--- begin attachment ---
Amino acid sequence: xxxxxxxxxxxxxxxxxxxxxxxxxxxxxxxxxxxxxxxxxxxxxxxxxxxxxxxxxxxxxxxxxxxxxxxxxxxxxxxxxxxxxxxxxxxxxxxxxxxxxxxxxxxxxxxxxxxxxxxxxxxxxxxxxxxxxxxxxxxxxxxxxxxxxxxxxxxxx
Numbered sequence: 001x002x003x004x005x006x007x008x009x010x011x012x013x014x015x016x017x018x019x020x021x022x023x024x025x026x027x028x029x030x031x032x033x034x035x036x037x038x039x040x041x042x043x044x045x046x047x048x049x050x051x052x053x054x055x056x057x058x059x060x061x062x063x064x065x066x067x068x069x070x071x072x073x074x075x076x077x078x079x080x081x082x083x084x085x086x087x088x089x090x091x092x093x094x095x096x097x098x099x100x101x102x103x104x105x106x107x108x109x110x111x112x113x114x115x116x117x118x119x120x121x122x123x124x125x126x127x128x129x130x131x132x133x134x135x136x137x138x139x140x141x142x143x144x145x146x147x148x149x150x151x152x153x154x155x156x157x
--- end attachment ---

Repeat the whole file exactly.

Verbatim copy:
Amino acid sequence: xxxxxxxxxxxxxxxxxxxxxxxxxxxxxxxxxxxxxxxxxxxxxxxxxxxxxxxxxxxxxxxxxxxxxxxxxxxxxxxxxxxxxxxxxxxxxxxxxxxxxxxxxxxxxxxxxxxxxxxxxxxxxxxxxxxxxxxxxxxxxxxxxxxxxxxxxxxxx
Numbered sequence: 001x002x003x004x005x006x007x008x009x010x011x012x013x014x015x016x017x018x019x020x021x022x023x024x025x026x027x028x029x030x031x032x033x034x035x036x037x038x039x040x041x042x043x044x045x046x047x048x049x050x051x052x053x054x055x056x057x058x059x060x061x062x063x064x065x066x067x068x069x070x071x072x073x074x075x076x077x078x079x080x081x082x083x084x085x086x087x088x089x090x091x092x093x094x095x096x097x098x099x100x101x102x103x104x105x106x107x108x109x110x111x112x113x114x115x116x117x118x119x120x121x122x123x124x125x126x127x128x129x130x131x132x133x134x135x136x137x138x139x140x141x142x143x144x145x146x147x148x149x150x151x152x153x154x155x156x157x